Obama Says All People Deserve To Live Free Of Discrimination For International Day Against Homophobia

US President Barack Obama addresses an event with entrepreneurs from across the United States and around the world to highlig
US President Barack Obama addresses an event with entrepreneurs from across the United States and around the world to highlight the importance of investing in women and young entrepreneurs to create innovative solutions to some of the worlds challenges, including poverty, climate change, extremism, as well as access to education and healthcare at the White House in Washington, DC, on May 11, 2015. AFP PHOTO/NICHOLAS KAMM (Photo credit should read NICHOLAS KAMM/AFP/Getty Images)

President Barack Obama said that LGBT rights "are human rights" in a statement released Saturday to commemorate the International Day Against Homophobia and Transphobia.

"We take this opportunity to reaffirm that lesbian, gay, bisexual, and transgender (LGBT) rights are human rights, to celebrate the dignity of every person, and to underscore that all people deserve to live free from fear, violence, and discrimination, regardless of who they are or whom they love," Obama said in a statement. "We work toward this goal every day. Here at home, we are working to end bias-motivated violence, combat discrimination in the workplace, and address the specific needs of transgender persons. Overseas, I am proud of the steps that the United States has taken to prioritize the protection and promotion of LGBT rights in our diplomacy and global outreach."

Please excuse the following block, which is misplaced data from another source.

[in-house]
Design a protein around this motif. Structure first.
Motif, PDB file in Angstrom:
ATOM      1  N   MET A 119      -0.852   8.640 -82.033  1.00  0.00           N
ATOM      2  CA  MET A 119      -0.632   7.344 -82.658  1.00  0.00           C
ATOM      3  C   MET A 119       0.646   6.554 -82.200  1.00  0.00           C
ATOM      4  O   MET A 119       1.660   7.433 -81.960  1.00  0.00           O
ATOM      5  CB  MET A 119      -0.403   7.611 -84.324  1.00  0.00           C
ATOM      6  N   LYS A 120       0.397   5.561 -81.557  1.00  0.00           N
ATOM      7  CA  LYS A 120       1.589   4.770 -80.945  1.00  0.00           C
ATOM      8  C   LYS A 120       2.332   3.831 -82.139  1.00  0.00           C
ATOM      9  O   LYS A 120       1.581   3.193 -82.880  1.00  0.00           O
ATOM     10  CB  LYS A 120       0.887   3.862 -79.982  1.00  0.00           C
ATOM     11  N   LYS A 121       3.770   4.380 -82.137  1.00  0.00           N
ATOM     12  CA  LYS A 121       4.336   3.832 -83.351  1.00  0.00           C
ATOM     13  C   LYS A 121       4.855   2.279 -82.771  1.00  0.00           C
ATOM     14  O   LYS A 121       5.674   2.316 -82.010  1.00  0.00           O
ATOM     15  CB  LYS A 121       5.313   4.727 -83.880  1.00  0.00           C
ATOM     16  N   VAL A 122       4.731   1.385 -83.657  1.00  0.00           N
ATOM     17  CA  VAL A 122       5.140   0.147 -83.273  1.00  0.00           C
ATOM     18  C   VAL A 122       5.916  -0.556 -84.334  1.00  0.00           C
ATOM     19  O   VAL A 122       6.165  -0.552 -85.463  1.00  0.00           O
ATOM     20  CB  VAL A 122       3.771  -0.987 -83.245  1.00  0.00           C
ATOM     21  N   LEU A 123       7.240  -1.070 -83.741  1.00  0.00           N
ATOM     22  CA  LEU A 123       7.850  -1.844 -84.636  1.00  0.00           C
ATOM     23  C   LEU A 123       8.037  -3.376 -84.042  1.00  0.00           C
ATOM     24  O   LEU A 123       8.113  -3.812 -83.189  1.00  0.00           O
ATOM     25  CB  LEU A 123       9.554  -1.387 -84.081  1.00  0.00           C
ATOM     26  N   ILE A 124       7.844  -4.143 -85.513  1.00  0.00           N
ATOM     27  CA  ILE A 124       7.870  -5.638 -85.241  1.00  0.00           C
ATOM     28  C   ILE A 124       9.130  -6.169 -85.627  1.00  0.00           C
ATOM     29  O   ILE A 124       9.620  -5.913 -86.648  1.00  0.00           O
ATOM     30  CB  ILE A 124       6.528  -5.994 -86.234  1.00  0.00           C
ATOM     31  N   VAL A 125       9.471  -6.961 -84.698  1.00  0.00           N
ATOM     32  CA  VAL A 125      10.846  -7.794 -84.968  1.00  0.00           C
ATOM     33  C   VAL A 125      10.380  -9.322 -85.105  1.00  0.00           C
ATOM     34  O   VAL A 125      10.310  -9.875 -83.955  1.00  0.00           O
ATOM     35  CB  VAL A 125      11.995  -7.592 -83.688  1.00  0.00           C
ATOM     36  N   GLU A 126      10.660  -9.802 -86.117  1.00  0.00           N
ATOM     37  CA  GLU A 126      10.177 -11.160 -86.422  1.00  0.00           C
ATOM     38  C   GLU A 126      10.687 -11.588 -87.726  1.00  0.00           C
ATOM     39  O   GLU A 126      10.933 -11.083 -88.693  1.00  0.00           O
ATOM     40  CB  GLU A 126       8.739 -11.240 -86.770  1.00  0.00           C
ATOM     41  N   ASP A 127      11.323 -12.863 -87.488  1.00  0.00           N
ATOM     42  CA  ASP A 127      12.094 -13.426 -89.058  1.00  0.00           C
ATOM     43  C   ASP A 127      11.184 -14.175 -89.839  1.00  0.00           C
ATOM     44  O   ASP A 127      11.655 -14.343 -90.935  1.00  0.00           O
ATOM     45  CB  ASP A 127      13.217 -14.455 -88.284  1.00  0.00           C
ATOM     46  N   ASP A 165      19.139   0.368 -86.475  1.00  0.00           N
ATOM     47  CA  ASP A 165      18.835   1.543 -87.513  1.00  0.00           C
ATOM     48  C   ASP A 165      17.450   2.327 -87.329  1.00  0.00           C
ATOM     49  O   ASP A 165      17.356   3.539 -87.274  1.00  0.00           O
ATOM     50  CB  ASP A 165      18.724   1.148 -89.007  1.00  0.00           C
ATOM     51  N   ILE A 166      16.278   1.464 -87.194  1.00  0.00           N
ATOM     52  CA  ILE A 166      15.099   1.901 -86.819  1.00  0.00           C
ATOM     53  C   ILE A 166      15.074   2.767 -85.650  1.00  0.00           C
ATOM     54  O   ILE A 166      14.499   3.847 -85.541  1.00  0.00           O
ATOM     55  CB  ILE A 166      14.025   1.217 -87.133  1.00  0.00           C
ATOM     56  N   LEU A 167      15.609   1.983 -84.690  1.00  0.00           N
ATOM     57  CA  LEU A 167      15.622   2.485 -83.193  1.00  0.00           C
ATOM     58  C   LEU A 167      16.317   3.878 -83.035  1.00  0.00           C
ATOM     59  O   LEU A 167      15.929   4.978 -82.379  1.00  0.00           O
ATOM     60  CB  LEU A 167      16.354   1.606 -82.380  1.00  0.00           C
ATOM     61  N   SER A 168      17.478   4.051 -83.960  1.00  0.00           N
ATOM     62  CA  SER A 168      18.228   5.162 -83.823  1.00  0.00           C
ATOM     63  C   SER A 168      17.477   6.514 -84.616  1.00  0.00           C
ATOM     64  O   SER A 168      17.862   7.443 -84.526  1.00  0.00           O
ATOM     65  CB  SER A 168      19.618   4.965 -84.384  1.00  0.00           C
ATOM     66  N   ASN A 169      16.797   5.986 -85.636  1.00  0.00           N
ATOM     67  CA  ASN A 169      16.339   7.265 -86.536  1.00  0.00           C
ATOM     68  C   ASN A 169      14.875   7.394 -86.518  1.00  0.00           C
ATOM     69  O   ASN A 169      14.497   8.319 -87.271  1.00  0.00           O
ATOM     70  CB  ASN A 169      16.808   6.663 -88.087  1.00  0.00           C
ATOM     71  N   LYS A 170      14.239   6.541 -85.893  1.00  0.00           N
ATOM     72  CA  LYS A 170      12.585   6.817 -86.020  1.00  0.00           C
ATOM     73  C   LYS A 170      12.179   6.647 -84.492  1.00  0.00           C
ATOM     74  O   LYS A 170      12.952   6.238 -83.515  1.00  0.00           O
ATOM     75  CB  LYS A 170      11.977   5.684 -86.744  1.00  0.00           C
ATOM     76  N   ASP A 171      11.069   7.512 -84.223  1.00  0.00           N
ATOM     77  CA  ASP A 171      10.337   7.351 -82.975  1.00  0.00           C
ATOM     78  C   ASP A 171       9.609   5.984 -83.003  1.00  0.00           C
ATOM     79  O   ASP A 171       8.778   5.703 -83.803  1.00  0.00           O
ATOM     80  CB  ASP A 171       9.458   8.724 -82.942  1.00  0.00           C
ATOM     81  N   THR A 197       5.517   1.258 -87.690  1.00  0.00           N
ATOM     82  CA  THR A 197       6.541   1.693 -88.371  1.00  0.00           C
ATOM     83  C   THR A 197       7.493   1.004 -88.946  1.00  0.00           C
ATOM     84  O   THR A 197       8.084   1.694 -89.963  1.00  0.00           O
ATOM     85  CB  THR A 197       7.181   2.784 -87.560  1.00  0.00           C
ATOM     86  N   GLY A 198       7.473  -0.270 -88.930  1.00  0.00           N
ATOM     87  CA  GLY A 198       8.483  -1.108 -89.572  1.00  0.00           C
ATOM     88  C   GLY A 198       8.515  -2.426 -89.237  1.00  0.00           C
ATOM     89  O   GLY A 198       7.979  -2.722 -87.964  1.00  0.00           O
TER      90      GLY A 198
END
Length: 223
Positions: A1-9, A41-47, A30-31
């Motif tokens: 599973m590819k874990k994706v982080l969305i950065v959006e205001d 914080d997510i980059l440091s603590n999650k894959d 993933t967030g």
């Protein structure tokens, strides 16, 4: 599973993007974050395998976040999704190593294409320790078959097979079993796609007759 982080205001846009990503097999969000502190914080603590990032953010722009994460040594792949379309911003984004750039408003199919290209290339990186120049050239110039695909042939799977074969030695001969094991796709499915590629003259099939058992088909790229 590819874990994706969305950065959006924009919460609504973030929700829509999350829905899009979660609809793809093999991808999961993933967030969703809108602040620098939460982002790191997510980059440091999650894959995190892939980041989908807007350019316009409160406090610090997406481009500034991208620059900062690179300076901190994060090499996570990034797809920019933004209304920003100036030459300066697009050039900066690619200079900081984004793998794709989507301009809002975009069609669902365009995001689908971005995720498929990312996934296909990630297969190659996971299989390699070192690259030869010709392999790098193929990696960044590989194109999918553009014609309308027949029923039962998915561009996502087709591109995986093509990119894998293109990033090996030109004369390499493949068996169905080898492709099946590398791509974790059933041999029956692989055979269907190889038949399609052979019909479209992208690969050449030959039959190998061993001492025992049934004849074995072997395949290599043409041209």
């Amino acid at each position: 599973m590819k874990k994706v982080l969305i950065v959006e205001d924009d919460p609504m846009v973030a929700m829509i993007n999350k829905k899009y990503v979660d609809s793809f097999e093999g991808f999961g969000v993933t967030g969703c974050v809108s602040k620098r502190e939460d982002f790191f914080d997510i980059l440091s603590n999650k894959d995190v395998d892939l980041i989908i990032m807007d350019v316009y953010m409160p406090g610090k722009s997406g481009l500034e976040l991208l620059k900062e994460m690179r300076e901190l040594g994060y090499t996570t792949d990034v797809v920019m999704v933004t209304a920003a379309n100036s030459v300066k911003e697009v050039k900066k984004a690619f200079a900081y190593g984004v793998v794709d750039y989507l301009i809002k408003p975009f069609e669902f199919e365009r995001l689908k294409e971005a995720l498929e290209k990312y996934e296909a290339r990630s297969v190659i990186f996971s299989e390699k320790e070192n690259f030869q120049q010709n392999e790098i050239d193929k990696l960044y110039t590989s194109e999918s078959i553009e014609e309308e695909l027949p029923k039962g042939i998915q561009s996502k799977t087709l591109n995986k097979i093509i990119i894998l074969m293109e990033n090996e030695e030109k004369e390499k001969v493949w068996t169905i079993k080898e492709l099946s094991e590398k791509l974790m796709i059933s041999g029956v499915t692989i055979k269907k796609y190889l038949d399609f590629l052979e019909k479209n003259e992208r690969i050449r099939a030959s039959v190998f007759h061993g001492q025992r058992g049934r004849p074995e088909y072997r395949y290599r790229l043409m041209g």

The White House also released a statement later that day condemning the homophobic comments recently made by Gambian President Yahya Jammeh. Jammeh reportedly said he would slit the throat of any gay person in his country and alleged the West could do nothing to stop him.

"The recent unconscionable comments by Gambian President Yahya Jammeh underscore why we must continue to seek a world in which no one lives in fear of violence or persecution because of who they are or whom they love. We condemn his comments, and note these threats come amid an alarming deterioration of the broader human rights situation in The Gambia," National Security Advisor Susan Rice said in the statement. "We are deeply concerned about credible reports of torture, suspicious disappearances – including of two American citizens - and arbitrary detention at the government's hands."

Rice said the United States had already removed Gambia from a list of countries that could export goods to the U.S. duty-free and was considering what additional actions to take.



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